DonorsTrust is a philanthropic public charity established to promote liberty through limited government, personal responsibility, and free enterprise. As such, it only partners with donors who have similar ideals in order to protect and exercise their charitable intent.

The Trust's largest philanthropic program is donor-advised funds. These are individual accounts established by donors who make grant recommendations to nonprofit groups that qualify within the mission and purpose of DonorsTrust.

Since DonorsTrust does not have an endowment and most donors direct their own grantmaking, DonorsTrust does not entertain unsolicited grant proposals or other types of informational submissions. On the occasion that DonorsTrust is able to support groups from its unrestricted fund, only pre-selected organizations are considered.

However, there are other ways in which you might find DonorsTrust useful in securing grants from donors. Consider the following questions in determining how DonorsTrust could be of help to your organization.

Q. Do you have a donor who is uncomfortable with endowments but wants to give you a large gift?

An individual is interested in giving you a large gift to use over several years but is not the sort to "write a blank check."

Suggest that your donor open a DonorsTrust account with the gift. Your
donor will immediately receive his full tax deduction and the gift will be set-aside for charitable purposes. He can then disburse grants to you when project details are determined or as the project and your relationship progresses.

Q. Do you have a donor whose spouse or family won't support you after he's gone?

You know your donor is thinking about setting up a private foundation or a bequest. If so, you know you might not see another dime since his family may end up funding groups he has actually disagreed with all these years.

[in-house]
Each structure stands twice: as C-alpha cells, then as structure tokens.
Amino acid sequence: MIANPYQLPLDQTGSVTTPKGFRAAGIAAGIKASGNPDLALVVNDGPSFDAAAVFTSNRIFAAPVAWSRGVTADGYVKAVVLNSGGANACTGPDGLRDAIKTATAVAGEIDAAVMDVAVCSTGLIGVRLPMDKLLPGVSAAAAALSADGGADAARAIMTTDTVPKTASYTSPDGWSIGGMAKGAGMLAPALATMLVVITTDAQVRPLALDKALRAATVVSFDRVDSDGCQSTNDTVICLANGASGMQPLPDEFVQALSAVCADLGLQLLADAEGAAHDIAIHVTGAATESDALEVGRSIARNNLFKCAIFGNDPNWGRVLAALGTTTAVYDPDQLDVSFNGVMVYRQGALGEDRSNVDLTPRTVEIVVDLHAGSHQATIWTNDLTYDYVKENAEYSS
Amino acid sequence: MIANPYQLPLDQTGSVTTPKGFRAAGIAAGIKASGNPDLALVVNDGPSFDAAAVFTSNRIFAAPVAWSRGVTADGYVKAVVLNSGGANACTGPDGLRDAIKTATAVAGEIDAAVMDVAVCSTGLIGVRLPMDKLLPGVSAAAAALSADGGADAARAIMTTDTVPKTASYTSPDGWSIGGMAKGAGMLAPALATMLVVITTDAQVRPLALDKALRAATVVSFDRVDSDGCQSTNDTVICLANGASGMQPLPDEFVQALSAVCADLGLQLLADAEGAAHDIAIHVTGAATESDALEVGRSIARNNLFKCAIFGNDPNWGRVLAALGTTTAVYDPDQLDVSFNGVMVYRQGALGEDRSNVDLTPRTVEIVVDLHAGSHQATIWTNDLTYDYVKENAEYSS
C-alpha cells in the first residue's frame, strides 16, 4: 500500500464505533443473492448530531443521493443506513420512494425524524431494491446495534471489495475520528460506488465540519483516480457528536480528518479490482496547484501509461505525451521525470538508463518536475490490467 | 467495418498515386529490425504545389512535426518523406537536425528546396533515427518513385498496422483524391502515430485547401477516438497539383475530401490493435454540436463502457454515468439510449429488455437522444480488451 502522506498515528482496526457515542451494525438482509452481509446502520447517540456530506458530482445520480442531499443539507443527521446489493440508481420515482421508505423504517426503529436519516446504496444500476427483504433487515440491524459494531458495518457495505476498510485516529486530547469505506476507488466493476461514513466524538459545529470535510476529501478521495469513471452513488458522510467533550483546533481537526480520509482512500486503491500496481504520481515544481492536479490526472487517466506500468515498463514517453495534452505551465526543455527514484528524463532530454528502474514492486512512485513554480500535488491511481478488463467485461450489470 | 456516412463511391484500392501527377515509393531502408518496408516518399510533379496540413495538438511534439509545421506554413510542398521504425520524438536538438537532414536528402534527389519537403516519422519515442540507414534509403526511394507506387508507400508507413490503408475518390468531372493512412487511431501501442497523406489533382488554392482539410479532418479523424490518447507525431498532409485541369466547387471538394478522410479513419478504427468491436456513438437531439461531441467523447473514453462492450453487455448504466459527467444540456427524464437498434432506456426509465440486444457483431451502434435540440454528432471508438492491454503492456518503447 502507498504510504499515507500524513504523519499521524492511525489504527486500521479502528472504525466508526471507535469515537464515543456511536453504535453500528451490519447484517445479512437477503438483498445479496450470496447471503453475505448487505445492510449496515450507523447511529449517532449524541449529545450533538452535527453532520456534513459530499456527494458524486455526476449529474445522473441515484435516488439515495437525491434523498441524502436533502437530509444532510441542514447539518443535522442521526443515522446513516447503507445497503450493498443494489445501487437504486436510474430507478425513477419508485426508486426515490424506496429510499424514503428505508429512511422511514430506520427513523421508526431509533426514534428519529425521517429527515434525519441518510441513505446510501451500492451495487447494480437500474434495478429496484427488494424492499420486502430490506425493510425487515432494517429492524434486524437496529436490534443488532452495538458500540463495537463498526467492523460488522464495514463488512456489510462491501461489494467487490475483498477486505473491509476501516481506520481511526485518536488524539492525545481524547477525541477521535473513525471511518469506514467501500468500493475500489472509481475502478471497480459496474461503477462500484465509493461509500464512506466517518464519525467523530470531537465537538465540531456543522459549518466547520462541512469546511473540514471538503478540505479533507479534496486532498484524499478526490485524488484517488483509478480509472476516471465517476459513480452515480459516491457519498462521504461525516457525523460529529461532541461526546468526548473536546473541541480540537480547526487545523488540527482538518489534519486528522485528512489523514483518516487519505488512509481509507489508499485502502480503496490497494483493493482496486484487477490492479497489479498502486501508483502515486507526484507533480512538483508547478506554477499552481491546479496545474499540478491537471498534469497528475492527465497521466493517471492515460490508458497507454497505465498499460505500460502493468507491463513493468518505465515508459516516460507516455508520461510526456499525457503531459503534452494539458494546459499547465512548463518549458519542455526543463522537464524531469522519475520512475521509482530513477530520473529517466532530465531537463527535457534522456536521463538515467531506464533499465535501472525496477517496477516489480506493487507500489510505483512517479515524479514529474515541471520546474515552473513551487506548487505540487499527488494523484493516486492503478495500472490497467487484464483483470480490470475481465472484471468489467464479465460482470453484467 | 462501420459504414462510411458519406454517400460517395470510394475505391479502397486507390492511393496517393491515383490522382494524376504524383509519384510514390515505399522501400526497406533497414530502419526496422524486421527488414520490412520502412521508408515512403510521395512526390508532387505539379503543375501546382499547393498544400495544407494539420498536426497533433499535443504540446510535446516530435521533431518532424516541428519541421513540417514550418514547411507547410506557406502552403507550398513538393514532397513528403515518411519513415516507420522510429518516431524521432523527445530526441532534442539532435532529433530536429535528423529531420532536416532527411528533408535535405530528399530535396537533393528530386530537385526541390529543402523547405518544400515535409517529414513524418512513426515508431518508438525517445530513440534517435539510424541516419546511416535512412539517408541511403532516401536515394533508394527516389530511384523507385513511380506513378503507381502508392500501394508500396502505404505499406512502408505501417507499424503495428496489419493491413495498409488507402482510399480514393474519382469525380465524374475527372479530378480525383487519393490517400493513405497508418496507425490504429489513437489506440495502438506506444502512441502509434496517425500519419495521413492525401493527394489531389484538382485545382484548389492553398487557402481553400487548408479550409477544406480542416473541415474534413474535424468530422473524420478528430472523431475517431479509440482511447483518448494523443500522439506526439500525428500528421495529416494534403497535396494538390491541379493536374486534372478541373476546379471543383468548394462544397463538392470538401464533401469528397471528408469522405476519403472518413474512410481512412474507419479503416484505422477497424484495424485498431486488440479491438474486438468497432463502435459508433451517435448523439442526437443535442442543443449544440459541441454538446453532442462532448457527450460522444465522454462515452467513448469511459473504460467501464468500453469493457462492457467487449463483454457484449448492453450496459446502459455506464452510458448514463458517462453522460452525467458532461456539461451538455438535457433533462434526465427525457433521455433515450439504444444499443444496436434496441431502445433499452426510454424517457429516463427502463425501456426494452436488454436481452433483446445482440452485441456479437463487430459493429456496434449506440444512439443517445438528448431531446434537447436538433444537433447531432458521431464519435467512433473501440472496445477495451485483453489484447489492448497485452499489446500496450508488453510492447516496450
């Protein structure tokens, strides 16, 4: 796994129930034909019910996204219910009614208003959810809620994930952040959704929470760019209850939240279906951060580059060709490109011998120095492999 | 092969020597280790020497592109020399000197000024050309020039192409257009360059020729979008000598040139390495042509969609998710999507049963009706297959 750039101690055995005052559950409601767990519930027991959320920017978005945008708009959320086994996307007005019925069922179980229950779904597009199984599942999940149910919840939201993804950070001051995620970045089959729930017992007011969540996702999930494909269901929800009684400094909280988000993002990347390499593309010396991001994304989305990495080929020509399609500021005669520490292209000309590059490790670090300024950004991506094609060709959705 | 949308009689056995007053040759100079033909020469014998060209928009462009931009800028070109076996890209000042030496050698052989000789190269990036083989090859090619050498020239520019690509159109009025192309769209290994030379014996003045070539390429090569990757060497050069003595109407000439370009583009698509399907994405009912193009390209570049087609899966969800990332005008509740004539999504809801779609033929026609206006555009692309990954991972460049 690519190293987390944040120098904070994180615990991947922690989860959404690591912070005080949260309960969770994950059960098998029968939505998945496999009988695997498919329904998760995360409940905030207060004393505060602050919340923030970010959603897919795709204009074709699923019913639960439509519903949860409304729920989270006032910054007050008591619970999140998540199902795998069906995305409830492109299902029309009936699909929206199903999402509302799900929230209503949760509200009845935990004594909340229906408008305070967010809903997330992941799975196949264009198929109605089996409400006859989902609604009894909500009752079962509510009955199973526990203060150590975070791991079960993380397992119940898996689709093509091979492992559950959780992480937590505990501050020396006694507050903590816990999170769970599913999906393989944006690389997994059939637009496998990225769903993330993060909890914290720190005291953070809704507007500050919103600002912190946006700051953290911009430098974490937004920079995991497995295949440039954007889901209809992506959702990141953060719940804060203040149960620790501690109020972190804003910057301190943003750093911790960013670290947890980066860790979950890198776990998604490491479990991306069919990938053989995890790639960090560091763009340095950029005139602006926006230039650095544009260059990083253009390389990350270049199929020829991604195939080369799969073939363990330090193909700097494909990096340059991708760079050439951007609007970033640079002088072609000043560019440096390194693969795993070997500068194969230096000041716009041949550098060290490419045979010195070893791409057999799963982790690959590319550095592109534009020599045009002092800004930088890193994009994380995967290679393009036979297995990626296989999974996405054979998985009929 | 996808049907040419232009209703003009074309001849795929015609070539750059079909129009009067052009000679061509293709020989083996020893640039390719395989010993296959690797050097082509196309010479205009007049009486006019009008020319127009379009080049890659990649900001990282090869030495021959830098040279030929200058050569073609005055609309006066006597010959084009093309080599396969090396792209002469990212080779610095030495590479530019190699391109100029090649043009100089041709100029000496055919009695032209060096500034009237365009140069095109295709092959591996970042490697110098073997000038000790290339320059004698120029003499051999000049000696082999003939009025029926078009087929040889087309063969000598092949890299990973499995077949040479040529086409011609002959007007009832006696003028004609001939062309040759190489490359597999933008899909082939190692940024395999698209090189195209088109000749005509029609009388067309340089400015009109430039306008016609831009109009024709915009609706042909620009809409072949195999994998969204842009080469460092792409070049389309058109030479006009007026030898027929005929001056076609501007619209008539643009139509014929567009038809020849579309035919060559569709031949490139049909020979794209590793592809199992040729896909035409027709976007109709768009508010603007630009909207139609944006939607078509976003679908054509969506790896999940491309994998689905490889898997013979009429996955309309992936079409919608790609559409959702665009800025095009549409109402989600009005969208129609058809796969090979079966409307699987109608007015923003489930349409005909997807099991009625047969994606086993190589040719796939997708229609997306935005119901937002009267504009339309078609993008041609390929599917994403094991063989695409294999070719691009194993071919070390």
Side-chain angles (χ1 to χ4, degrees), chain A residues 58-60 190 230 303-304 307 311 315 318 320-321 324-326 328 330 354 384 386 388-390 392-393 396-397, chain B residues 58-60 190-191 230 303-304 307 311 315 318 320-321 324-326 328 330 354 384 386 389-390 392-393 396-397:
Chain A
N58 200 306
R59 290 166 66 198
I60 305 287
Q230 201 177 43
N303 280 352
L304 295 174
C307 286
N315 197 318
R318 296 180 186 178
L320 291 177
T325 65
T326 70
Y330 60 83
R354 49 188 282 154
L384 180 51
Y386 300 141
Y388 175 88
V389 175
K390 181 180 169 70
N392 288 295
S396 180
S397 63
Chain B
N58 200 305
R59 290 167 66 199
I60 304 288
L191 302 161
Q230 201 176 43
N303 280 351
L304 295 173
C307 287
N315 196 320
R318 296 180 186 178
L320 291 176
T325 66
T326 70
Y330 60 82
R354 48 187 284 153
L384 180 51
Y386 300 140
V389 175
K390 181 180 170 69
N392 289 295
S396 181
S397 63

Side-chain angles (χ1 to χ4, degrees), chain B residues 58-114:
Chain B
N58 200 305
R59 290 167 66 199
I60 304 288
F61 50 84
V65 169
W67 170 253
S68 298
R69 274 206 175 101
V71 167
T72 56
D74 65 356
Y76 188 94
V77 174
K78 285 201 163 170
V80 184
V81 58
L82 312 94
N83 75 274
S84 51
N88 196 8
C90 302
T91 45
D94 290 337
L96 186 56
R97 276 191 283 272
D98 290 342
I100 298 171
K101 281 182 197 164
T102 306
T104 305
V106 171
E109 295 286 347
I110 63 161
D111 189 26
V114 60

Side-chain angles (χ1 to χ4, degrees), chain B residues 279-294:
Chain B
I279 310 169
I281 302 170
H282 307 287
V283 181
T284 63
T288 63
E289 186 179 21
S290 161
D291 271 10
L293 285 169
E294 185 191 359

Suggest that your donor set up a DonorsTrust account and prepare a specific charitable intent statement-even listing what charities he will or won't fund. He can then safely appoint family members as the account's successor-advisors and rely on the DonorsTrust's mission and board of directors to ensure that grants aren't made outside the protective boundaries of his intent and the mission of DonorsTrust.

Q. Do you offer planned giving options for interested donors?

You know you are losing bequests and other planned gifts (not to mention portions of gifts to taxes) because you aren't able to offer your donors an array of planned giving options.

Use DonorsTrust instead of spending time and money setting up your own planned giving shop. DonorsTrust can facilitate simple gifts of cash, appreciated stock, or bequests as well as more complex situations like gifts of closely or privately held stock, property, and charitable remainder trusts through donor-advised accounts. The donor can make grants to you or name you as a beneficiary or successor-advisor to the account. It's planned giving at no cost to you.

Q. Do your corporate or individual donors desire absolute anonymity?

Your donor wishes to keep his charitable giving private, especially those gifts that fund sensitive or controversial issues. You can usually maintain his anonymity in-house (when his gift is less than 2% of your annual revenue), but he might have to report his grants on Internet accessible tax returns.

When a DonorsTrust account is set up, the donor's contributions to the account are essentially made to a third party. As such, any grant disbursements the donor recommends legally comes from DonorsTrust and will therefore remain as anonymous as he wishes.

Q. Do you jeopardize your public support test each time you accept a large gift from a donor?

Taking a large gift from an individual, foundation, or corporation can jeopardize your public support test and your non-profit status. But gifts from a donor-advised plan like DonorsTrust don't count against you since they come from a fellow 501(c)(3) public charity. Ask your donor to open a DonorsTrust account and disburse the gift from there. Your donor receives the tax deduction he needs while you maintain your non-profit status.